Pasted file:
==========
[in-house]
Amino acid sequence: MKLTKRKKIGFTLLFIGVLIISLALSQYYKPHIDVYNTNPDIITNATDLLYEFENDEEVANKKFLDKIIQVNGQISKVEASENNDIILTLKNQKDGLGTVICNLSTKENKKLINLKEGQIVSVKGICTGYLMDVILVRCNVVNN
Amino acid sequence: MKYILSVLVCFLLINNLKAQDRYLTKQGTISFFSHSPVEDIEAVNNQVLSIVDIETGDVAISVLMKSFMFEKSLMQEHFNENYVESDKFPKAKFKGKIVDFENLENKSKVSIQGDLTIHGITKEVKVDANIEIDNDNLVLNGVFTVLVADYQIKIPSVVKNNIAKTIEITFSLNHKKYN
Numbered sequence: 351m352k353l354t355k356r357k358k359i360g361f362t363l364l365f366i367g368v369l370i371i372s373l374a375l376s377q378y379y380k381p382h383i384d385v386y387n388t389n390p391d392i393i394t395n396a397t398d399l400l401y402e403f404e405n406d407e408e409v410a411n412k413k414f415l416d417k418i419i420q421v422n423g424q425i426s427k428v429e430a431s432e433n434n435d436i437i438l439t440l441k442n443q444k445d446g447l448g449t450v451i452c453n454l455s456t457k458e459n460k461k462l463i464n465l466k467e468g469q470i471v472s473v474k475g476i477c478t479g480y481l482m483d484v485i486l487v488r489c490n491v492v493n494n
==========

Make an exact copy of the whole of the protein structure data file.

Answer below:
[in-house]
Amino acid sequence: MKLTKRKKIGFTLLFIGVLIISLALSQYYKPHIDVYNTNPDIITNATDLLYEFENDEEVANKKFLDKIIQVNGQISKVEASENNDIILTLKNQKDGLGTVICNLSTKENKKLINLKEGQIVSVKGICTGYLMDVILVRCNVVNN
Amino acid sequence: MKYILSVLVCFLLINNLKAQDRYLTKQGTISFFSHSPVEDIEAVNNQVLSIVDIETGDVAISVLMKSFMFEKSLMQEHFNENYVESDKFPKAKFKGKIVDFENLENKSKVSIQGDLTIHGITKEVKVDANIEIDNDNLVLNGVFTVLVADYQIKIPSVVKNNIAKTIEITFSLNHKKYN
Numbered sequence: 351m352k353l354t355k356r357k358k359i360g361f362t363l364l365f366i367g368v369l370i371i372s373l374a375l376s377q378y379y380k381p382h383i384d385v386y387n388t389n390p391d392i393i394t395n396a397t398d399l400l401y402e403f404e405n406d407e408e409v410a411n412k413k414f415l416d417k418i419i420q421v422n423g424q425i426s427k428v429e430a431s432e433n434n435d436i437i438l439t440l441k442n443q444k445d446g447l448g449t450v451i452c453n454l455s456t457k458e459n460k461k462l463i464n465l466k467e468g469q470i471v472s473v474k475g476i477c478t479g480y481l482m483d484v485i486l487v488r489c490n491v492v493n494n